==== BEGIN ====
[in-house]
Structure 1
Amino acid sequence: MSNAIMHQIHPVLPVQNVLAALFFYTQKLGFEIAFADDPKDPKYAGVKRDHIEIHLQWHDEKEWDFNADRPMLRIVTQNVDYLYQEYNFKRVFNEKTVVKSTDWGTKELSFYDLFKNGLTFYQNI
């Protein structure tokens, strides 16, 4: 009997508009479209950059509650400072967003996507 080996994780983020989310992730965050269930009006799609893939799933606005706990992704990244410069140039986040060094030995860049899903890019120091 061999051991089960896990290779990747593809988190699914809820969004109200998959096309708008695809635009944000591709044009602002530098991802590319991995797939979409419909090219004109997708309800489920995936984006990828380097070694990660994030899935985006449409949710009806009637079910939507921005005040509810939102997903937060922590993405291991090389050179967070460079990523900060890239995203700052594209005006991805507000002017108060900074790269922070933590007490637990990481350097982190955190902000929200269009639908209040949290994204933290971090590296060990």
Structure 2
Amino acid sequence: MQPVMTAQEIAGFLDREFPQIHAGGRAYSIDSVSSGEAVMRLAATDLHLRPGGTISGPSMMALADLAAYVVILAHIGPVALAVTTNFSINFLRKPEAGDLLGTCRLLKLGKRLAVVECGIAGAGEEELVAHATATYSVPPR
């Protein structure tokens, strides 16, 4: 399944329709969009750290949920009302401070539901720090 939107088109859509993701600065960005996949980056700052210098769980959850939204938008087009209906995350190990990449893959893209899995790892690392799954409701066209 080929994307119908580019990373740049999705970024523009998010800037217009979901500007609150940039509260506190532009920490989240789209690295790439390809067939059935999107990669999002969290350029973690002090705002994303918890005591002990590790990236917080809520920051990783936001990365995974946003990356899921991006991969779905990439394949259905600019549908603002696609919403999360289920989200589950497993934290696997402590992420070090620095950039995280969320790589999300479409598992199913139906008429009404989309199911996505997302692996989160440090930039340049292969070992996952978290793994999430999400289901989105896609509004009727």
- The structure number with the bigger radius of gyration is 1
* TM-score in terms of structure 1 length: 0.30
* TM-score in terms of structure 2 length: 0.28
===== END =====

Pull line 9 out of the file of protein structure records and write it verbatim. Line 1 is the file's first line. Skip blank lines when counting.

* TM-score in terms of structure 1 length: 0.30